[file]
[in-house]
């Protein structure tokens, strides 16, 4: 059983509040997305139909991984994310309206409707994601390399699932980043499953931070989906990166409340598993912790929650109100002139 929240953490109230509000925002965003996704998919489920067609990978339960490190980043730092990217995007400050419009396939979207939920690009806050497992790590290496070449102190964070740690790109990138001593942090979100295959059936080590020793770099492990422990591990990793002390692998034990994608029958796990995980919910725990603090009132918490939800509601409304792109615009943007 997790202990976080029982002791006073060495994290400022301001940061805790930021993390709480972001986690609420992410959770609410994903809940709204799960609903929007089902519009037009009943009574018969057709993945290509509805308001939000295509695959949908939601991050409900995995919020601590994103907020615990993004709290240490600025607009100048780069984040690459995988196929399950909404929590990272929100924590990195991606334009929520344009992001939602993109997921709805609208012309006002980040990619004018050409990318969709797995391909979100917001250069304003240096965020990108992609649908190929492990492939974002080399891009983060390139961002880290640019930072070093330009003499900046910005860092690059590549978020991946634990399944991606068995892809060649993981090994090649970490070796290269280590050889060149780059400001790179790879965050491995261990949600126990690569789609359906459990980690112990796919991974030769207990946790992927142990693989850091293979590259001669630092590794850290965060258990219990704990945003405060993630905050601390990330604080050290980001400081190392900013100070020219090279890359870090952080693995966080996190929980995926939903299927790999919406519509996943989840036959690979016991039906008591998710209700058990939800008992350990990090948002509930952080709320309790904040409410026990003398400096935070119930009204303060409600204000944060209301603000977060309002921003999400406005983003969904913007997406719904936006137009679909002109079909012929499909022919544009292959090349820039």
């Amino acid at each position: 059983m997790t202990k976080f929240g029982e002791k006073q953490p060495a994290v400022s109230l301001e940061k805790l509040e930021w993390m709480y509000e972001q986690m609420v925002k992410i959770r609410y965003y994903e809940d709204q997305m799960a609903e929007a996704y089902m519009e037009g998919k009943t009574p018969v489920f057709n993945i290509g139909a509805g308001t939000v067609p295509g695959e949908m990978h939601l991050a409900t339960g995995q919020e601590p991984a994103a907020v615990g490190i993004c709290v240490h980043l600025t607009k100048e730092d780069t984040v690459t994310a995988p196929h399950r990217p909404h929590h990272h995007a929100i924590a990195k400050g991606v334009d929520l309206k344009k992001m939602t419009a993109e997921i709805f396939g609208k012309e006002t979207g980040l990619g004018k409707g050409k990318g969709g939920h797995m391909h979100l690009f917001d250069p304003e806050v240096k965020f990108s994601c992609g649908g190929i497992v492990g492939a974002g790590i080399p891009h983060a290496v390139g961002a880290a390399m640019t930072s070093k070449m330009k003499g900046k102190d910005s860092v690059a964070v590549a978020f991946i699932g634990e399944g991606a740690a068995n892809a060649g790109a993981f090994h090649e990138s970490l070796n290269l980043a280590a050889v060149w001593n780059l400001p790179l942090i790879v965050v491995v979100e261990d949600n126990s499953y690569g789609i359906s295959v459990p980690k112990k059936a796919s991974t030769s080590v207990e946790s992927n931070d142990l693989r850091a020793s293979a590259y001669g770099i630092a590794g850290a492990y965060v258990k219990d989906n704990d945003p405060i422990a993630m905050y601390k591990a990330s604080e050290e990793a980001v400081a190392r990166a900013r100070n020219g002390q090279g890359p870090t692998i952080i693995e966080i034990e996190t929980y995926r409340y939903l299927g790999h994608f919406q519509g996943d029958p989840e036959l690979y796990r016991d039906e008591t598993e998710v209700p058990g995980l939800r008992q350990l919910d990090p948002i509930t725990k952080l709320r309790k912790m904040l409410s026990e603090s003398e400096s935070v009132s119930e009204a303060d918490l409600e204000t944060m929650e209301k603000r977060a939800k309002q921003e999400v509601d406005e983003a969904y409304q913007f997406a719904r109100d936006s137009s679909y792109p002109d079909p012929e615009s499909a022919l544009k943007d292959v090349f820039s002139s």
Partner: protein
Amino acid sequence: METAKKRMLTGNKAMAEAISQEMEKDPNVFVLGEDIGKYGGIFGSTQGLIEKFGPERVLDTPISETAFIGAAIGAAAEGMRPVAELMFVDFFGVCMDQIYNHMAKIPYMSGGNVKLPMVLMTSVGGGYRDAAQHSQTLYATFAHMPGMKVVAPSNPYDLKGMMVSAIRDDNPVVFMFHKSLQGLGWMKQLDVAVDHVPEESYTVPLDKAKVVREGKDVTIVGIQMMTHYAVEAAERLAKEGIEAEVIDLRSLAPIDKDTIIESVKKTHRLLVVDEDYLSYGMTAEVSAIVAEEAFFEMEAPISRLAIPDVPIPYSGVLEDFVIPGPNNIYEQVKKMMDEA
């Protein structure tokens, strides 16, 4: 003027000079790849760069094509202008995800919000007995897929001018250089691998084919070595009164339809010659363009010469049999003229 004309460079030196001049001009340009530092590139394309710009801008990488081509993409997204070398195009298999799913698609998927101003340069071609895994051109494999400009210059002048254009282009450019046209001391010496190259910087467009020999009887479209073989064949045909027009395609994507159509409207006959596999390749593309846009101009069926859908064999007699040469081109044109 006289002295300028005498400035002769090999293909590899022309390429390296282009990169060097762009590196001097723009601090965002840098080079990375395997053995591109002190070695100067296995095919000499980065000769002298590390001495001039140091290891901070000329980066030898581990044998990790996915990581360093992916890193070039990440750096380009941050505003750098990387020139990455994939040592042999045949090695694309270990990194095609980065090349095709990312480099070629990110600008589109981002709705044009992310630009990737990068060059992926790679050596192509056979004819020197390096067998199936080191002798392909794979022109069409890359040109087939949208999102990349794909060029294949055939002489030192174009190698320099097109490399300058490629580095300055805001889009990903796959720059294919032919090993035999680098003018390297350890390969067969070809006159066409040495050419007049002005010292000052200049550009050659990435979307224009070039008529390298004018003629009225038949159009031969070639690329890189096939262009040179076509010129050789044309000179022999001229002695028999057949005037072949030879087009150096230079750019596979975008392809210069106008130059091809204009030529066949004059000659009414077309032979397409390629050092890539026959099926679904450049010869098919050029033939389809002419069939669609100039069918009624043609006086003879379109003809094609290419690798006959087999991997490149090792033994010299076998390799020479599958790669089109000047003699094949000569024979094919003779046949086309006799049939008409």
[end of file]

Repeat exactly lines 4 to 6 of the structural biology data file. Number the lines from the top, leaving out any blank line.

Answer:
Partner: protein
Amino acid sequence: METAKKRMLTGNKAMAEAISQEMEKDPNVFVLGEDIGKYGGIFGSTQGLIEKFGPERVLDTPISETAFIGAAIGAAAEGMRPVAELMFVDFFGVCMDQIYNHMAKIPYMSGGNVKLPMVLMTSVGGGYRDAAQHSQTLYATFAHMPGMKVVAPSNPYDLKGMMVSAIRDDNPVVFMFHKSLQGLGWMKQLDVAVDHVPEESYTVPLDKAKVVREGKDVTIVGIQMMTHYAVEAAERLAKEGIEAEVIDLRSLAPIDKDTIIESVKKTHRLLVVDEDYLSYGMTAEVSAIVAEEAFFEMEAPISRLAIPDVPIPYSGVLEDFVIPGPNNIYEQVKKMMDEA
């Protein structure tokens, strides 16, 4: 003027000079790849760069094509202008995800919000007995897929001018250089691998084919070595009164339809010659363009010469049999003229 004309460079030196001049001009340009530092590139394309710009801008990488081509993409997204070398195009298999799913698609998927101003340069071609895994051109494999400009210059002048254009282009450019046209001391010496190259910087467009020999009887479209073989064949045909027009395609994507159509409207006959596999390749593309846009101009069926859908064999007699040469081109044109 006289002295300028005498400035002769090999293909590899022309390429390296282009990169060097762009590196001097723009601090965002840098080079990375395997053995591109002190070695100067296995095919000499980065000769002298590390001495001039140091290891901070000329980066030898581990044998990790996915990581360093992916890193070039990440750096380009941050505003750098990387020139990455994939040592042999045949090695694309270990990194095609980065090349095709990312480099070629990110600008589109981002709705044009992310630009990737990068060059992926790679050596192509056979004819020197390096067998199936080191002798392909794979022109069409890359040109087939949208999102990349794909060029294949055939002489030192174009190698320099097109490399300058490629580095300055805001889009990903796959720059294919032919090993035999680098003018390297350890390969067969070809006159066409040495050419007049002005010292000052200049550009050659990435979307224009070039008529390298004018003629009225038949159009031969070639690329890189096939262009040179076509010129050789044309000179022999001229002695028999057949005037072949030879087009150096230079750019596979975008392809210069106008130059091809204009030529066949004059000659009414077309032979397409390629050092890539026959099926679904450049010869098919050029033939389809002419069939669609100039069918009624043609006086003879379109003809094609290419690798006959087999991997490149090792033994010299076998390799020479599958790669089109000047003699094949000569024979094919003779046949086309006799049939008409």